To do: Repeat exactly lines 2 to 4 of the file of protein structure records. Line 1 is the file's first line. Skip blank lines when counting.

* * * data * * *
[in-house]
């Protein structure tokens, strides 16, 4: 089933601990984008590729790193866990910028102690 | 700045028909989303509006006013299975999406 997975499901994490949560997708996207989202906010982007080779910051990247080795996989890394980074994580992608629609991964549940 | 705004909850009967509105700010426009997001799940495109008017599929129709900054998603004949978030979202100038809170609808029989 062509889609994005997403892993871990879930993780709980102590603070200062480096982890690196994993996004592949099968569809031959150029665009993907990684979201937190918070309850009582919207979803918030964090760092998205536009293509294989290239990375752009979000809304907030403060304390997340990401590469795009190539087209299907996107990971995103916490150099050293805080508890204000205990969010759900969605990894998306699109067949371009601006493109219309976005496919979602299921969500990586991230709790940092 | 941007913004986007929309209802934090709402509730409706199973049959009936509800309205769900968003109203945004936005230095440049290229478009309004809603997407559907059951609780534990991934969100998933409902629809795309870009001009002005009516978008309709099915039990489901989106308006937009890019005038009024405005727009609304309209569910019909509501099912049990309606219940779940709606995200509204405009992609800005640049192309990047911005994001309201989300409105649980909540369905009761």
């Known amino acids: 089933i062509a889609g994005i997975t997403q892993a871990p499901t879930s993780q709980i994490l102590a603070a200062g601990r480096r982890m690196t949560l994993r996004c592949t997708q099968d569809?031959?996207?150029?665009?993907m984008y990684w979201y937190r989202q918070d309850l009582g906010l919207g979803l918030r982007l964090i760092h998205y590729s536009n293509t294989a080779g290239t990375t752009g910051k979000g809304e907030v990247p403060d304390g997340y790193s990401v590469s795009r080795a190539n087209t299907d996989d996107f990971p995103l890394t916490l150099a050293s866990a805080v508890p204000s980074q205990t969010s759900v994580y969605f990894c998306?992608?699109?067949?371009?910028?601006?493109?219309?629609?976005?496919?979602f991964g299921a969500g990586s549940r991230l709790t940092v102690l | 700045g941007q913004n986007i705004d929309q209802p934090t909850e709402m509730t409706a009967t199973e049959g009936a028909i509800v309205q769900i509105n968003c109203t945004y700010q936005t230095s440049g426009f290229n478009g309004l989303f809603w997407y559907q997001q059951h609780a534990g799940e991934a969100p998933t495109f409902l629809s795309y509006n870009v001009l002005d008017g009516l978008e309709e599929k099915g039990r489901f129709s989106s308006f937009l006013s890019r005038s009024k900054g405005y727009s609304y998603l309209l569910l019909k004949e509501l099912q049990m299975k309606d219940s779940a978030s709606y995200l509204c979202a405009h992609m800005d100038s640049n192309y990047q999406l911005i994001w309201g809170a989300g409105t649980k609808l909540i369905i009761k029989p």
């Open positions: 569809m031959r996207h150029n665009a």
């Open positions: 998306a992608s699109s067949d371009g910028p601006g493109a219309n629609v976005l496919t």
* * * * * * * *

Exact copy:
């Protein structure tokens, strides 16, 4: 089933601990984008590729790193866990910028102690 | 700045028909989303509006006013299975999406 997975499901994490949560997708996207989202906010982007080779910051990247080795996989890394980074994580992608629609991964549940 | 705004909850009967509105700010426009997001799940495109008017599929129709900054998603004949978030979202100038809170609808029989 062509889609994005997403892993871990879930993780709980102590603070200062480096982890690196994993996004592949099968569809031959150029665009993907990684979201937190918070309850009582919207979803918030964090760092998205536009293509294989290239990375752009979000809304907030403060304390997340990401590469795009190539087209299907996107990971995103916490150099050293805080508890204000205990969010759900969605990894998306699109067949371009601006493109219309976005496919979602299921969500990586991230709790940092 | 941007913004986007929309209802934090709402509730409706199973049959009936509800309205769900968003109203945004936005230095440049290229478009309004809603997407559907059951609780534990991934969100998933409902629809795309870009001009002005009516978008309709099915039990489901989106308006937009890019005038009024405005727009609304309209569910019909509501099912049990309606219940779940709606995200509204405009992609800005640049192309990047911005994001309201989300409105649980909540369905009761």
């Known amino acids: 089933i062509a889609g994005i997975t997403q892993a871990p499901t879930s993780q709980i994490l102590a603070a200062g601990r480096r982890m690196t949560l994993r996004c592949t997708q099968d569809?031959?996207?150029?665009?993907m984008y990684w979201y937190r989202q918070d309850l009582g906010l919207g979803l918030r982007l964090i760092h998205y590729s536009n293509t294989a080779g290239t990375t752009g910051k979000g809304e907030v990247p403060d304390g997340y790193s990401v590469s795009r080795a190539n087209t299907d996989d996107f990971p995103l890394t916490l150099a050293s866990a805080v508890p204000s980074q205990t969010s759900v994580y969605f990894c998306?992608?699109?067949?371009?910028?601006?493109?219309?629609?976005?496919?979602f991964g299921a969500g990586s549940r991230l709790t940092v102690l | 700045g941007q913004n986007i705004d929309q209802p934090t909850e709402m509730t409706a009967t199973e049959g009936a028909i509800v309205q769900i509105n968003c109203t945004y700010q936005t230095s440049g426009f290229n478009g309004l989303f809603w997407y559907q997001q059951h609780a534990g799940e991934a969100p998933t495109f409902l629809s795309y509006n870009v001009l002005d008017g009516l978008e309709e599929k099915g039990r489901f129709s989106s308006f937009l006013s890019r005038s009024k900054g405005y727009s609304y998603l309209l569910l019909k004949e509501l099912q049990m299975k309606d219940s779940a978030s709606y995200l509204c979202a405009h992609m800005d100038s640049n192309y990047q999406l911005i994001w309201g809170a989300g409105t649980k609808l909540i369905i009761k029989p």
């Open positions: 569809m031959r996207h150029n665009a």